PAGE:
By Charlie Arlinghaus
Since 1934, the federal government has had a policy that encourages the use of prison
laborers but prohibits the prison from entering into competition with private enterprise. Adopting a
sensible policy like the federal one can help New Hampshire reduce the tension created when
our own government uses prison labor to gain an enormous competitive advantage over the
private businesses paying taxes to subsidize that labor.
Daryl Grasso, a farmer in Woodsville, brought this issue to the forefront when she found
her livelihood suddenly threatened. The Grafton County prison opened up a farm stand at cut
rate prices made possible by prison labor. There is a long history of using prison labor for its
therapeutic effect as well as to offset the cost of running the prison. While few dispute the wisdom
of using work as part of a correctional program, there seems to be something fundamentally
wrong when citizens are forced to subsidize a government enterprise that will put them out of
In a free society, we expect the government to be impartial. The government doesn’t
actively encourage us to shop at a particular store or buy one product over another. We fully
expect that our government will not open a gas station to compete against our own station or a
grocery store to compete against our own store. It should not make a difference whether the
government is using paid labor or unpaid prisoners.
On the other hand, we know that working while imprisoned can reduce internal tensions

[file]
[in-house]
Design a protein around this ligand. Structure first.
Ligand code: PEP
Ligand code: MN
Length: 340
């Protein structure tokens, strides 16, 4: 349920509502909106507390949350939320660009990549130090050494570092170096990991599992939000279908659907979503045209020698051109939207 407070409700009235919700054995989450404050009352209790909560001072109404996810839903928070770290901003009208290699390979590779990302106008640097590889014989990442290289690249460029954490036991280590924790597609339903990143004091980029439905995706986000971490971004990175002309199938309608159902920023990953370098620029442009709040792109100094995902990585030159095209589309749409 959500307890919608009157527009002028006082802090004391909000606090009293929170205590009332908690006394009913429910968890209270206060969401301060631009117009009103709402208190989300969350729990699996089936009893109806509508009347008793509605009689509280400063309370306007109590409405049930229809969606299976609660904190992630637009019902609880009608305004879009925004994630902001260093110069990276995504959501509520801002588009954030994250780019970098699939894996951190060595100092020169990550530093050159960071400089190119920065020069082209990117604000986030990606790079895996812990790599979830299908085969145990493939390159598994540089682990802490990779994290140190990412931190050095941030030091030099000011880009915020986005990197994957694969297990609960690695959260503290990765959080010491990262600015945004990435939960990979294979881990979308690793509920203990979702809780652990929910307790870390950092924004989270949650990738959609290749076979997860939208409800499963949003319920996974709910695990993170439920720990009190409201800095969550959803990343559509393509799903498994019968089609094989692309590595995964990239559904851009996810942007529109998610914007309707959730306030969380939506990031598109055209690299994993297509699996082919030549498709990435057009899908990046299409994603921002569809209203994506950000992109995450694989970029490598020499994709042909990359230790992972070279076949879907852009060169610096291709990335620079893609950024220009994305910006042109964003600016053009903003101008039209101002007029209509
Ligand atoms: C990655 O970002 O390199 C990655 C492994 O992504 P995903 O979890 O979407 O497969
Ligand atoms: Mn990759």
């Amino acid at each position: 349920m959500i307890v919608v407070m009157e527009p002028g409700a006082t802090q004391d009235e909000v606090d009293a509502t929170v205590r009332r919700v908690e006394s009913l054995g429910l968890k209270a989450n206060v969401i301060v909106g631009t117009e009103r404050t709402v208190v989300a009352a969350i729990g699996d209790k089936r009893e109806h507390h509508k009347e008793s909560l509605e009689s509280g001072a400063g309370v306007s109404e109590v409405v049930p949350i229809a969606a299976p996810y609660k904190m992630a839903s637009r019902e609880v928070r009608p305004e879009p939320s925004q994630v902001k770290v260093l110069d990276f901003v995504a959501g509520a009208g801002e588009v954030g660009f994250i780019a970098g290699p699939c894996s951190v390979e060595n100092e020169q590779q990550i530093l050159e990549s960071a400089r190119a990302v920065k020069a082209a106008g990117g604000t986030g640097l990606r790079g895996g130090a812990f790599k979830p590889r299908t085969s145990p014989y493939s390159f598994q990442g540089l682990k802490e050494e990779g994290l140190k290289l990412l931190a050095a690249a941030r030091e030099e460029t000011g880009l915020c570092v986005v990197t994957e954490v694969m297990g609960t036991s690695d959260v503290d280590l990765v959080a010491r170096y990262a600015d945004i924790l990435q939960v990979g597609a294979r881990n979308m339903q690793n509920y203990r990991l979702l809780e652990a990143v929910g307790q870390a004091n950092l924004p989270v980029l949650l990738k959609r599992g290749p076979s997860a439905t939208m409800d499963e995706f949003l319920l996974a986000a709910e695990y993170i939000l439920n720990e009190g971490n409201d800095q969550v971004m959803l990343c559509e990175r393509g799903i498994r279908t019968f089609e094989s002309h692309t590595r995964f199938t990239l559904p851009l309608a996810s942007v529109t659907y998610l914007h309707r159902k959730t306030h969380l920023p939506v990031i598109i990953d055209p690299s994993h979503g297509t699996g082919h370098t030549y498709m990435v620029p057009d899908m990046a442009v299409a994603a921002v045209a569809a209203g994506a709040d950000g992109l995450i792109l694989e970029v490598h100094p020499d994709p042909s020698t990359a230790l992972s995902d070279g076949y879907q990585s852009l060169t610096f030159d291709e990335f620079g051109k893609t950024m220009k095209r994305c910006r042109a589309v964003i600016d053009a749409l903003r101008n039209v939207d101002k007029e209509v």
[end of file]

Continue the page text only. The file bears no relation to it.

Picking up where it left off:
and that learning a skill or trade helps a released prisoner get and keep a job making him more
likely to avoid a return visit. Nonetheless, neither beneficial effect of prison labor requires that the
fruits of that labor be used against private enterprise.
The federal prison system has come up with an appropriate compromise that has served
the public well since 1934. In that year, Federal Prison Industries was set up to sell their
commodities to other prisons and “for sale to the departments and agencies of the United
States.” However, the government also recognized that successful prison industries would be
under pressure to expand their operations just as the county prison farm has been under
pressure. To avoid the problem of setting the government up in competition with private
enterprises, the prisoners were allowed to produce commodities “but not for sale to the public in
competition with private enterprise.”
The federal policy has been remarkably successful. Federal Prison Industries has
developed into an economic engine that not only provides work for millions of prisoners but has
become a major supplier to other branches of the federal government. Their success has been
so great that a coalition of small business owners and the U.S. Chamber of Commerce has
sought to gain greater access to internal federal bidding.
If the very successful federal policy were adopted in New Hampshire, prison labor could
still be used to meet the rehabilitative needs of the corrections system without causing harm to
our small businesses. Just as the federal prohibition against “competition with private enterprise”
ought to be adopted, we could easily allow the use of prison labor to support other aspects of
county and state government – such as the prisons themselves or nursing homes.
The difference between using the labor internally and externally is the difference between
opening up a state run gas station and merely having a pump at our facility for the use of the
state trucks.
New Hampshire has a long tradition of supporting and encouraging business. Allowing the
government to compete directly with private enterprise sends a mixed message to other
businesses. A sensible policy, rooted in the experience and history of the federal system, will be
beneficial to business, government, and the prisoners. New Hampshire should encourage prison
work and its interaction with other agencies of government. However, we should learn from
federal experience and add the exception “but not for sale to the public in competition with private
March 2005